Barrie Maguire

El futuro de Europa

CAMBRIDGE – En la primera mitad del siglo pasado, Europa se hizo pedazos en dos guerras y destruyó su papel fundamental en la política mundial. En la segunda mitad del siglo, unos dirigentes con amplitud de miras renunciaron a la venganza y fueron construyendo poco a poco las instituciones de la integración europea. La idea de que Francia y Alemania vuelvan a enfrentarse en combates parece imposible y el desarrollo de la Unión Europea ha intensificado en gran medida el atractivo de Europa y el poder blando en el mundo. Lamentablemente, ahora se está poniendo en entredicho ese histórico logro.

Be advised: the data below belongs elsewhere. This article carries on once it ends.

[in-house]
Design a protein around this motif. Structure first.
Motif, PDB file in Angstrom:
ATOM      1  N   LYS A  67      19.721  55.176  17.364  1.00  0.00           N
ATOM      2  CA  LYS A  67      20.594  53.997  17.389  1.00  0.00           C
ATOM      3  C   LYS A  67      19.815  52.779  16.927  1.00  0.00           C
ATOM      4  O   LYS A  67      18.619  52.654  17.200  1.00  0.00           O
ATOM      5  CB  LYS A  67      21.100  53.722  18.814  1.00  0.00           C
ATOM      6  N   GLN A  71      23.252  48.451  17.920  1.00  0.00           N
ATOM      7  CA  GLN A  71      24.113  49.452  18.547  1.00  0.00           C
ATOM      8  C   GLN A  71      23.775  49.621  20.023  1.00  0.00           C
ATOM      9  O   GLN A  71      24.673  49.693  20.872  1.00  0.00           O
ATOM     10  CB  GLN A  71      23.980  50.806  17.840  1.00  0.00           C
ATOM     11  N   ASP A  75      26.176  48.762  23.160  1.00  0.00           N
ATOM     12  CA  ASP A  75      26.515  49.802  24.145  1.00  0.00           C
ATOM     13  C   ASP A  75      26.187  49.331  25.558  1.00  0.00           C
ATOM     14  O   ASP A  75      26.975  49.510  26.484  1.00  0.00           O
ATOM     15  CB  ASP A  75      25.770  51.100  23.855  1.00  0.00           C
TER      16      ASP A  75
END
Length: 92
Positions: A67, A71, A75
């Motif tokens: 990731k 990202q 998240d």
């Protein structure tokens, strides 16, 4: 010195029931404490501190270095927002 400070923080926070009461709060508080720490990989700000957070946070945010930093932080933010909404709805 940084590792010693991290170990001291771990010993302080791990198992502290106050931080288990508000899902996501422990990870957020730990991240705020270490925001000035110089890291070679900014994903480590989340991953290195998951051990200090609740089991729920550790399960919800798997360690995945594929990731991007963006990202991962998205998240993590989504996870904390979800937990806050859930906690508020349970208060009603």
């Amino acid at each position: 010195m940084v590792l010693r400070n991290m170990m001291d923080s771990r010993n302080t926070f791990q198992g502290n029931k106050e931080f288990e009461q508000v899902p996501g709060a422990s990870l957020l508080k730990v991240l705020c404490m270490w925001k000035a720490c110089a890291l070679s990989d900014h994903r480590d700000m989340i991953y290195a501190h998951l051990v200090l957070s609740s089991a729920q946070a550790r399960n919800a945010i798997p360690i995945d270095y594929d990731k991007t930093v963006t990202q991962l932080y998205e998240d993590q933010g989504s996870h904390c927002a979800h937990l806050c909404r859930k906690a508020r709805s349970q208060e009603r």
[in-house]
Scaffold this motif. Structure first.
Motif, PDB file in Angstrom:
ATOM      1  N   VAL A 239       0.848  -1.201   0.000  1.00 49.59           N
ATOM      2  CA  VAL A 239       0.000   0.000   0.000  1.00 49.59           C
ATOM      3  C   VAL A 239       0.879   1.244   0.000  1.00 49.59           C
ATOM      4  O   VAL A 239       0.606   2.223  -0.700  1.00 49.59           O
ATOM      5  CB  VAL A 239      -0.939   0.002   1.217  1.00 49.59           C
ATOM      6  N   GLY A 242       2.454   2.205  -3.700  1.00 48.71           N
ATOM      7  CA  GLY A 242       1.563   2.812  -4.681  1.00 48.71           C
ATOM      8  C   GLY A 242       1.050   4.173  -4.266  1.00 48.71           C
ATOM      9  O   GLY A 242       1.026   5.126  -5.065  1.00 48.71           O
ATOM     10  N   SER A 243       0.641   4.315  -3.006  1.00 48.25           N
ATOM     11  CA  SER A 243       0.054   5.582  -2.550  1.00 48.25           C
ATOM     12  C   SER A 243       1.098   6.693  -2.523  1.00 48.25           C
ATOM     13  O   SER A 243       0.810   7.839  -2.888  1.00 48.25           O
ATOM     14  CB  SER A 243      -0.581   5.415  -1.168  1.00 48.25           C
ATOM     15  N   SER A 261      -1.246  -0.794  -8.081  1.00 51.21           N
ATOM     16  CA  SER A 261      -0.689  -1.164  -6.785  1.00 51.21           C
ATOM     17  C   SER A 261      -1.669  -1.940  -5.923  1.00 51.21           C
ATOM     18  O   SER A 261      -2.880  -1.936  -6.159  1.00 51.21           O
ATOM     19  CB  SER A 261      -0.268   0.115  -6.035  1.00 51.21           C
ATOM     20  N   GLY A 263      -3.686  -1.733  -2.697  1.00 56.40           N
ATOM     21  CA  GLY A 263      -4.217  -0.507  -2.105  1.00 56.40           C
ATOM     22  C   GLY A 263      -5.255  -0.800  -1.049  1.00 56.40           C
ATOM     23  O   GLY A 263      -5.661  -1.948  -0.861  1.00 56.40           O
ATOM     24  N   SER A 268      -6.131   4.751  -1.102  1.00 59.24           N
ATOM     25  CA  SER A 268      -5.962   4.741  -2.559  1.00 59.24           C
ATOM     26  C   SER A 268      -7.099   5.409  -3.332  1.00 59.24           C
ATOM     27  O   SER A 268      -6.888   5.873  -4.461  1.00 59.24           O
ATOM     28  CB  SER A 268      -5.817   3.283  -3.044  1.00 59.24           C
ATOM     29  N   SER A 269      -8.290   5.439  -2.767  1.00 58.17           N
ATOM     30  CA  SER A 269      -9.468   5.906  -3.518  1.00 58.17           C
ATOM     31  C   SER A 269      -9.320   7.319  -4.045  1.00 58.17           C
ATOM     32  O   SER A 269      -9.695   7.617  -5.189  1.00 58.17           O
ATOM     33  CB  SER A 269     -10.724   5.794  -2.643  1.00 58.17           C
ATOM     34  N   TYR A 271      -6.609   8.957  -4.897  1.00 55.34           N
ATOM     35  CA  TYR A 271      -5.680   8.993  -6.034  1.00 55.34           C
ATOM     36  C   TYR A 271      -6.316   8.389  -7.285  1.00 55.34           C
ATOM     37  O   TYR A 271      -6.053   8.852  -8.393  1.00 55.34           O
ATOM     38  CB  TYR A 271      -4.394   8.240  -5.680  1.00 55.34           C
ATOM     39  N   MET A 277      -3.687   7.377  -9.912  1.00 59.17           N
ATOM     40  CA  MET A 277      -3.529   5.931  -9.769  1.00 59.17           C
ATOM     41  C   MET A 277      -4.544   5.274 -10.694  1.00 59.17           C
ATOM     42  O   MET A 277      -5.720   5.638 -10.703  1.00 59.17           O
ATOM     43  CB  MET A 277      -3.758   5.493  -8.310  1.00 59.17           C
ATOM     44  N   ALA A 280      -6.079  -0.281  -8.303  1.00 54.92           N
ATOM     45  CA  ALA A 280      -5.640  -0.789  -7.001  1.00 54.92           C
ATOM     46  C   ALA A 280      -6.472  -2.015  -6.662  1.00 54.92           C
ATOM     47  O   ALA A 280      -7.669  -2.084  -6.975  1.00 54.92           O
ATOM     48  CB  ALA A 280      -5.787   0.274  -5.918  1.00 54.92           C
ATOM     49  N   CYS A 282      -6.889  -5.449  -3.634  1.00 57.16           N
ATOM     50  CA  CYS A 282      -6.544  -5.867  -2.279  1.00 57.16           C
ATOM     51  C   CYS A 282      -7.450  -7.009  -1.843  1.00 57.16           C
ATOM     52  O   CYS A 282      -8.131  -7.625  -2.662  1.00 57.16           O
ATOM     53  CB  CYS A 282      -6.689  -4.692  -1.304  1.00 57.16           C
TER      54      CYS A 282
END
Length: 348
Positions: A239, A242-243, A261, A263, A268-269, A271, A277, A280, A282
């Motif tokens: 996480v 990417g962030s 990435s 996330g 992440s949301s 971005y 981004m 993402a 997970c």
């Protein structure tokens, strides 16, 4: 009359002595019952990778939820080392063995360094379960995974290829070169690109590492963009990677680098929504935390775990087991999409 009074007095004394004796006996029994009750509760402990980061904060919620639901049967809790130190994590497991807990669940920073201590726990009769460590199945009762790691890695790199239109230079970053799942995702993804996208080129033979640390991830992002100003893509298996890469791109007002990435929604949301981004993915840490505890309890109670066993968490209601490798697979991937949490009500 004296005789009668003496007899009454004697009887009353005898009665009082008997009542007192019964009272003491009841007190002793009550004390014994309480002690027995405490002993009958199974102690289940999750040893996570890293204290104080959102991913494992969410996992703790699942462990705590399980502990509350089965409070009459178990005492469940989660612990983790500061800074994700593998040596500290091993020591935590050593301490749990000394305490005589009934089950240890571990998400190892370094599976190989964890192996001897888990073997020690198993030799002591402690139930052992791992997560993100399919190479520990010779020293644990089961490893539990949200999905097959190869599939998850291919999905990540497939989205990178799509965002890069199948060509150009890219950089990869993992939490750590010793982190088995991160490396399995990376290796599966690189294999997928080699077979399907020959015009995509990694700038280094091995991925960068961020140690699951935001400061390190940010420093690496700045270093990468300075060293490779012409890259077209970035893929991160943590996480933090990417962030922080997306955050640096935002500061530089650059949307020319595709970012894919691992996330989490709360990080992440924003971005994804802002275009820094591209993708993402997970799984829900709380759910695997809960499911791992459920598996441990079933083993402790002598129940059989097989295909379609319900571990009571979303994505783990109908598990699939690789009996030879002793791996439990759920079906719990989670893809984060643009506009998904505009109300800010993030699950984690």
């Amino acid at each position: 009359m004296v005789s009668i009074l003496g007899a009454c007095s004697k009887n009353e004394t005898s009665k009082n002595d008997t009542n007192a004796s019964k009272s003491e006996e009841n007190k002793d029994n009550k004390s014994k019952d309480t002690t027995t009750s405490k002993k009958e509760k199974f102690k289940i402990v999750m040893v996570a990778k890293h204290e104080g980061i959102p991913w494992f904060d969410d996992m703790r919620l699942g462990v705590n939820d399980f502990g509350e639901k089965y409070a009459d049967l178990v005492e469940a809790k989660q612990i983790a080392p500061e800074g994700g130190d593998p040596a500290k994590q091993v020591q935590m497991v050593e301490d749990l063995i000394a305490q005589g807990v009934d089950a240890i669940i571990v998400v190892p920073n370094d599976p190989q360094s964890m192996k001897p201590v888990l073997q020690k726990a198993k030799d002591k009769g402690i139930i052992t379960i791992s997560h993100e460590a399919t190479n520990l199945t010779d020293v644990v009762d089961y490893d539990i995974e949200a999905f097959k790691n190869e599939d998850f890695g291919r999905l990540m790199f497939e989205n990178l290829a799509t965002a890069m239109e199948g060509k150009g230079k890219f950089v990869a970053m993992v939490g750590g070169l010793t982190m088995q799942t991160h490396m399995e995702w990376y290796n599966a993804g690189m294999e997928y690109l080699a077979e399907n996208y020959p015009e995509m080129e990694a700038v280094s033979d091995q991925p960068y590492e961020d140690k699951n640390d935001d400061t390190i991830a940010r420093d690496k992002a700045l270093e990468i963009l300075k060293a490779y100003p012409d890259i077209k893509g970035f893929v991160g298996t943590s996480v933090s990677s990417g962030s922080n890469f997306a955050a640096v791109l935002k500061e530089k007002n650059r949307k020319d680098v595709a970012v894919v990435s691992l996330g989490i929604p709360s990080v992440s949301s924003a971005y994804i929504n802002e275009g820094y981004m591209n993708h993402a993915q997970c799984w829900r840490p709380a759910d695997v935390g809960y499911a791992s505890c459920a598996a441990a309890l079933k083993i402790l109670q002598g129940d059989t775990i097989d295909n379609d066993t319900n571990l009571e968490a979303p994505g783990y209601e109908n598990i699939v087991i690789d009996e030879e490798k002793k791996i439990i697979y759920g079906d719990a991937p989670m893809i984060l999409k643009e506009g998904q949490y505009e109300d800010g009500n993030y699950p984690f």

En mayo de 2010, los mercados financieros perdieron la confianza en la capacidad de Grecia para gestionar su déficit presupuestario y amortizar su deuda. Los temores a la quiebra empezaron a afectar a otros países, como, por ejemplo, Portugal y España, entre los 16 miembros de la zona del euro. La reacción de los gobiernos europeos, el Banco Central Europeo y el Fondo Monetario Internacional fue la de preparar un programa de rescate de emergencia de la zona del euro, que asciende a 700.000 millones de euros, para calmar las tormentas financieras.

Si bien esa intervención aportó un respiro temporal, la incertidumbre persiste en los mercados financieros. El mes pasado, la Canciller alemana, Angela Merkel, declaró que, si fracasa el euro, “no sólo fracasa la moneda... fracasará Europa y, con ella, la idea de la unidad europea”.

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